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From 1 January 1997 to 31 December 2001 we performed a retrospective observational study on the incidence, accuracy of clinical diagnosis, and prevalence estimation of Down’s syndrome in a well defined population of 1.7 million in Northern Ireland.1
A total of 208 postnatal cases of Down’s syndrome were diagnosed: 197 trisomy (94.7%), 3 translocation (1.45%), and 8 mosaic cases (3.85%) (expected ratios 94% trisomy, 5% translocation, 1% mosaic2). In a population of 114 307 live births, a minimum prevalence of 167.9 per 100 000 (or 1 in 595 births) was calculated.
The detection rate of mosaic variants is higher than quoted rates of 1–3%. This may be accounted for by inclusion of newly diagnosed adult cases in our study, but mosaic variants often do not have dysmorphic features and may not be identified in studies.
Ninety per cent of trisomy and 100% of translocation cases were diagnosed on clinical features alone, with karyotyping carried out for diagnostic confirmation. This figure fell to 37.5% for mosaic cases (p < 0.001), confirming the difficulties with the clinical diagnosis of mosaic Down’s syndrome, where few classical dysmorphic features are present.
The two mosaic cases diagnosed within seven days of life presented with simian creases, hypotonia, and characteristic facial features including epicanthic folds, up-slanting palpebral fissures, and protruding tongue. One patient had a sandal gap.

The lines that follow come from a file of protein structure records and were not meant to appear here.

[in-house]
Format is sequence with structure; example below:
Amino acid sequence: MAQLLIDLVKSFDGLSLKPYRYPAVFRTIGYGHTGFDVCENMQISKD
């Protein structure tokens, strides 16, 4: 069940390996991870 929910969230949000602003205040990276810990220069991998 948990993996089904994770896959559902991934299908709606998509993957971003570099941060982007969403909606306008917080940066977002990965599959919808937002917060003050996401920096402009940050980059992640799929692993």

Three mosaic children were diagnosed after day 7. One clinically felt to be Noonan syndrome was diagnosed at 6 months. Another (diagnosed at 19 months) presented with developmental delay, without dysmorphic features, and the third had a sample sent at 7.5 years, as a check sample and not time of first diagnosis.
Three mosaic patients were diagnosed as adults. One was an inpatient at a regional specialist assessment centre for learning disabilities, and was previously known to have Down’s syndrome. A second presented at 18 years of age and was educationally subnormal with no dysmorphic features. The third was aged 54 years at diagnosis, presenting with short stature, mental retardation, and low white cell count with poor myeloid activity in the bone marrow, but with no dysmorphic features.
Our study concluded that the overall minimum prevalence is around 1 in 595 births. This is a slightly higher prevalence than previously documented, and may be a result of a higher incidence of mosaic cases, which are often without dysmorphic features and therefore more difficult to diagnose. Mosaic Down’s syndrome should always be considered in those who are educationally subnormal, without a specific diagnosis.